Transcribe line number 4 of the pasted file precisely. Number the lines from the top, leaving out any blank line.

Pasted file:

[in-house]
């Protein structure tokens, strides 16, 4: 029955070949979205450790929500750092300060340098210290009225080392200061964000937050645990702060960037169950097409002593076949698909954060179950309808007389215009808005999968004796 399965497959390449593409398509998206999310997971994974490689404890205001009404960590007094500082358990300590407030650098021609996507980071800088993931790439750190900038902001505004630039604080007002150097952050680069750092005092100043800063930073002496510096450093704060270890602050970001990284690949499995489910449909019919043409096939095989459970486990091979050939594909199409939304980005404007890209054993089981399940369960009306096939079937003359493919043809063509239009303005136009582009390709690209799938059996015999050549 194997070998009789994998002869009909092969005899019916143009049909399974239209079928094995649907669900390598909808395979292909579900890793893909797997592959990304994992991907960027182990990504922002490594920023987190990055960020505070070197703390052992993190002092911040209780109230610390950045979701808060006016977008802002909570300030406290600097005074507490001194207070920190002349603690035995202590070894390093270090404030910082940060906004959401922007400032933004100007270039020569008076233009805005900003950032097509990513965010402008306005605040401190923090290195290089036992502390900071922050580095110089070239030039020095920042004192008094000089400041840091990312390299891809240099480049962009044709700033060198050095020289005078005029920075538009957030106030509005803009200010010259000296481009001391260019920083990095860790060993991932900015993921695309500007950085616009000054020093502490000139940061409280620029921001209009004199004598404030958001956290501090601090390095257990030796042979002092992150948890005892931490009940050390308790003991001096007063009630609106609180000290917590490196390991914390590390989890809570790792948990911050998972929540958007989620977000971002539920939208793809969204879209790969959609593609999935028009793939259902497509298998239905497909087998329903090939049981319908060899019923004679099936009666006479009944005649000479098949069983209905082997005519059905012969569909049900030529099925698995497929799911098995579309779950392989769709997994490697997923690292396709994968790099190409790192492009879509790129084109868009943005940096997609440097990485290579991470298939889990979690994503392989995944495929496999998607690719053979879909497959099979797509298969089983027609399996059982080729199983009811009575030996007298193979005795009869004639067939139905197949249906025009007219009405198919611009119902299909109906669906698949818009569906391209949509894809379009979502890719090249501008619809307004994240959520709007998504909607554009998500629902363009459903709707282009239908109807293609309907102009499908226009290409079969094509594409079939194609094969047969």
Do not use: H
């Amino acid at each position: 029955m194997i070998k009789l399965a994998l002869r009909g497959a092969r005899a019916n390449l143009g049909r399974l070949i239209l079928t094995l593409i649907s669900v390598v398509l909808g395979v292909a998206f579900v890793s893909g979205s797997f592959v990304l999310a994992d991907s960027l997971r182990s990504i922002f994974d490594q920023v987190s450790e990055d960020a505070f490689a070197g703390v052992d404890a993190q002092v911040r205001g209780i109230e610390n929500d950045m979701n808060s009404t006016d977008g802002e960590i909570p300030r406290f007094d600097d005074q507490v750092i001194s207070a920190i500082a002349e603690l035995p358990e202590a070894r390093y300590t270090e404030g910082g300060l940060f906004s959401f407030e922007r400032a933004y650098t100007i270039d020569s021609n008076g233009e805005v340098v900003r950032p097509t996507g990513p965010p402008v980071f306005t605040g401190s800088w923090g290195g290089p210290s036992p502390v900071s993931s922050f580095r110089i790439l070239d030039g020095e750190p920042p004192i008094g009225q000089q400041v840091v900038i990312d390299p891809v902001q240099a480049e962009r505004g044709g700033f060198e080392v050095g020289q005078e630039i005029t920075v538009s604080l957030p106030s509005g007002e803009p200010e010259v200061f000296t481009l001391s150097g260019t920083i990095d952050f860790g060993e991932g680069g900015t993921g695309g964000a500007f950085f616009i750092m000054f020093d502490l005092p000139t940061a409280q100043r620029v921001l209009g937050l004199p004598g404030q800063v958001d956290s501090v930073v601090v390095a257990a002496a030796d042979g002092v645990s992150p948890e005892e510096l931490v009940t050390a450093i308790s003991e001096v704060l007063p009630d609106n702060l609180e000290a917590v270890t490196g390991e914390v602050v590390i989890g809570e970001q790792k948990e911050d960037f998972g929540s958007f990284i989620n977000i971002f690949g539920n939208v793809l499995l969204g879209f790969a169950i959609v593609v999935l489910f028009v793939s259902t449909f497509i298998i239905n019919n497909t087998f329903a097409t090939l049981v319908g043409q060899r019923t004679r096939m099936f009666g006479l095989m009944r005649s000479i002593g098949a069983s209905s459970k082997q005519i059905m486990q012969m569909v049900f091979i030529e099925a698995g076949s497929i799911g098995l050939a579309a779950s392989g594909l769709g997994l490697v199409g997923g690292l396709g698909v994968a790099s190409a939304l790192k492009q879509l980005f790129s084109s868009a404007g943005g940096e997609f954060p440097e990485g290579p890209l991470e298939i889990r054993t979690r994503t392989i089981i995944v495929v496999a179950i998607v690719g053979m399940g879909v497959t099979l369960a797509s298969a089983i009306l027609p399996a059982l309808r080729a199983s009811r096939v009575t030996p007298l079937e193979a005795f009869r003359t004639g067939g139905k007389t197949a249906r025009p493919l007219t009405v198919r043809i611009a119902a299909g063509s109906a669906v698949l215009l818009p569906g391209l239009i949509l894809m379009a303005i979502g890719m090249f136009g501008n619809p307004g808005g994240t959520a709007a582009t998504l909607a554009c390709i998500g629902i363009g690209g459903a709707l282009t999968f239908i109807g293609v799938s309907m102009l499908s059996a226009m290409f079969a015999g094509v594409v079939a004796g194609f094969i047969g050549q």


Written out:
């Amino acid at each position: 029955m194997i070998k009789l399965a994998l002869r009909g497959a092969r005899a019916n390449l143009g049909r399974l070949i239209l079928t094995l593409i649907s669900v390598v398509l909808g395979v292909a998206f579900v890793s893909g979205s797997f592959v990304l999310a994992d991907s960027l997971r182990s990504i922002f994974d490594q920023v987190s450790e990055d960020a505070f490689a070197g703390v052992d404890a993190q002092v911040r205001g209780i109230e610390n929500d950045m979701n808060s009404t006016d977008g802002e960590i909570p300030r406290f007094d600097d005074q507490v750092i001194s207070a920190i500082a002349e603690l035995p358990e202590a070894r390093y300590t270090e404030g910082g300060l940060f906004s959401f407030e922007r400032a933004y650098t100007i270039d020569s021609n008076g233009e805005v340098v900003r950032p097509t996507g990513p965010p402008v980071f306005t605040g401190s800088w923090g290195g290089p210290s036992p502390v900071s993931s922050f580095r110089i790439l070239d030039g020095e750190p920042p004192i008094g009225q000089q400041v840091v900038i990312d390299p891809v902001q240099a480049e962009r505004g044709g700033f060198e080392v050095g020289q005078e630039i005029t920075v538009s604080l957030p106030s509005g007002e803009p200010e010259v200061f000296t481009l001391s150097g260019t920083i990095d952050f860790g060993e991932g680069g900015t993921g695309g964000a500007f950085f616009i750092m000054f020093d502490l005092p000139t940061a409280q100043r620029v921001l209009g937050l004199p004598g404030q800063v958001d956290s501090v930073v601090v390095a257990a002496a030796d042979g002092v645990s992150p948890e005892e510096l931490v009940t050390a450093i308790s003991e001096v704060l007063p009630d609106n702060l609180e000290a917590v270890t490196g390991e914390v602050v590390i989890g809570e970001q790792k948990e911050d960037f998972g929540s958007f990284i989620n977000i971002f690949g539920n939208v793809l499995l969204g879209f790969a169950i959609v593609v999935l489910f028009v793939s259902t449909f497509i298998i239905n019919n497909t087998f329903a097409t090939l049981v319908g043409q060899r019923t004679r096939m099936f009666g006479l095989m009944r005649s000479i002593g098949a069983s209905s459970k082997q005519i059905m486990q012969m569909v049900f091979i030529e099925a698995g076949s497929i799911g098995l050939a579309a779950s392989g594909l769709g997994l490697v199409g997923g690292l396709g698909v994968a790099s190409a939304l790192k492009q879509l980005f790129s084109s868009a404007g943005g940096e997609f954060p440097e990485g290579p890209l991470e298939i889990r054993t979690r994503t392989i089981i995944v495929v496999a179950i998607v690719g053979m399940g879909v497959t099979l369960a797509s298969a089983i009306l027609p399996a059982l309808r080729a199983s009811r096939v009575t030996p007298l079937e193979a005795f009869r003359t004639g067939g139905k007389t197949a249906r025009p493919l007219t009405v198919r043809i611009a119902a299909g063509s109906a669906v698949l215009l818009p569906g391209l239009i949509l894809m379009a303005i979502g890719m090249f136009g501008n619809p307004g808005g994240t959520a709007a582009t998504l909607a554009c390709i998500g629902i363009g690209g459903a709707l282009t999968f239908i109807g293609v799938s309907m102009l499908s059996a226009m290409f079969a015999g094509v594409v079939a004796g194609f094969i047969g050549q």